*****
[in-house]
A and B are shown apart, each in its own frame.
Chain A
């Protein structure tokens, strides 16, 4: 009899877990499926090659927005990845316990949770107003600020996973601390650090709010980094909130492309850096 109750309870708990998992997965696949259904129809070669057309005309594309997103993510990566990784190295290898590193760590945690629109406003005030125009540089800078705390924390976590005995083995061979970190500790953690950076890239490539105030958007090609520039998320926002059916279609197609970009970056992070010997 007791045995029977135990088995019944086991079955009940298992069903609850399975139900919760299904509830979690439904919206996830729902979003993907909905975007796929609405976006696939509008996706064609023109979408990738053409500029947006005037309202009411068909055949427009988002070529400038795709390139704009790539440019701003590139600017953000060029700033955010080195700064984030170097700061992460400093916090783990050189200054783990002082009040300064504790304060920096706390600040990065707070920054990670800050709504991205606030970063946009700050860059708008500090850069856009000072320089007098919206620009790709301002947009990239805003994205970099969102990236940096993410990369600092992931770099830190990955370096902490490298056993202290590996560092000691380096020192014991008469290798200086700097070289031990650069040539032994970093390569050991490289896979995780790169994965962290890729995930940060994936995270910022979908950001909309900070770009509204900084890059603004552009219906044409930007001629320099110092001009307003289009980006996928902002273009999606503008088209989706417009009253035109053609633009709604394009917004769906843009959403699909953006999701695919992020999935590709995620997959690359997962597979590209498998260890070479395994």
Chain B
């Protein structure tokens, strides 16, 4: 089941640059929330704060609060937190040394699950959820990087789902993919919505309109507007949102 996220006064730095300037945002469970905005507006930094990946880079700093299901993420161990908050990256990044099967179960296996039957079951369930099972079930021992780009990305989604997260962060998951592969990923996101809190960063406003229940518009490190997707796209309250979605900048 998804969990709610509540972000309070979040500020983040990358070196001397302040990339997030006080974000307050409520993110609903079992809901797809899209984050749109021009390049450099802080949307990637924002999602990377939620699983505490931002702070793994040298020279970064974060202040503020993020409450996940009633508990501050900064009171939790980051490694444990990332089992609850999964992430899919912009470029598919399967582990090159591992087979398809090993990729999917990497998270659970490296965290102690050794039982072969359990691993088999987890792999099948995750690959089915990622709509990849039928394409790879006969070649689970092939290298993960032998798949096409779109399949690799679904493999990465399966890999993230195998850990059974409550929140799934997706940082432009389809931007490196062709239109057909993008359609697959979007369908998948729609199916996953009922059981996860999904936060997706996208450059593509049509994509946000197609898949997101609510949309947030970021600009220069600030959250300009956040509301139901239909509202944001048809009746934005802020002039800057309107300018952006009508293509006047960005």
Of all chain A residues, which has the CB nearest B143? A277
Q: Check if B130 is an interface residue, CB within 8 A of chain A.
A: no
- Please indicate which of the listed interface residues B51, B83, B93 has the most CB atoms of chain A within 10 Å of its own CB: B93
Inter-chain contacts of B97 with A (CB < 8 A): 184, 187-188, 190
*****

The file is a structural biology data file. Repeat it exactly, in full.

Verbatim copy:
[in-house]
A and B are shown apart, each in its own frame.
Chain A
């Protein structure tokens, strides 16, 4: 009899877990499926090659927005990845316990949770107003600020996973601390650090709010980094909130492309850096 109750309870708990998992997965696949259904129809070669057309005309594309997103993510990566990784190295290898590193760590945690629109406003005030125009540089800078705390924390976590005995083995061979970190500790953690950076890239490539105030958007090609520039998320926002059916279609197609970009970056992070010997 007791045995029977135990088995019944086991079955009940298992069903609850399975139900919760299904509830979690439904919206996830729902979003993907909905975007796929609405976006696939509008996706064609023109979408990738053409500029947006005037309202009411068909055949427009988002070529400038795709390139704009790539440019701003590139600017953000060029700033955010080195700064984030170097700061992460400093916090783990050189200054783990002082009040300064504790304060920096706390600040990065707070920054990670800050709504991205606030970063946009700050860059708008500090850069856009000072320089007098919206620009790709301002947009990239805003994205970099969102990236940096993410990369600092992931770099830190990955370096902490490298056993202290590996560092000691380096020192014991008469290798200086700097070289031990650069040539032994970093390569050991490289896979995780790169994965962290890729995930940060994936995270910022979908950001909309900070770009509204900084890059603004552009219906044409930007001629320099110092001009307003289009980006996928902002273009999606503008088209989706417009009253035109053609633009709604394009917004769906843009959403699909953006999701695919992020999935590709995620997959690359997962597979590209498998260890070479395994």
Chain B
């Protein structure tokens, strides 16, 4: 089941640059929330704060609060937190040394699950959820990087789902993919919505309109507007949102 996220006064730095300037945002469970905005507006930094990946880079700093299901993420161990908050990256990044099967179960296996039957079951369930099972079930021992780009990305989604997260962060998951592969990923996101809190960063406003229940518009490190997707796209309250979605900048 998804969990709610509540972000309070979040500020983040990358070196001397302040990339997030006080974000307050409520993110609903079992809901797809899209984050749109021009390049450099802080949307990637924002999602990377939620699983505490931002702070793994040298020279970064974060202040503020993020409450996940009633508990501050900064009171939790980051490694444990990332089992609850999964992430899919912009470029598919399967582990090159591992087979398809090993990729999917990497998270659970490296965290102690050794039982072969359990691993088999987890792999099948995750690959089915990622709509990849039928394409790879006969070649689970092939290298993960032998798949096409779109399949690799679904493999990465399966890999993230195998850990059974409550929140799934997706940082432009389809931007490196062709239109057909993008359609697959979007369908998948729609199916996953009922059981996860999904936060997706996208450059593509049509994509946000197609898949997101609510949309947030970021600009220069600030959250300009956040509301139901239909509202944001048809009746934005802020002039800057309107300018952006009508293509006047960005």
Of all chain A residues, which has the CB nearest B143? A277
Q: Check if B130 is an interface residue, CB within 8 A of chain A.
A: no
- Please indicate which of the listed interface residues B51, B83, B93 has the most CB atoms of chain A within 10 Å of its own CB: B93
Inter-chain contacts of B97 with A (CB < 8 A): 184, 187-188, 190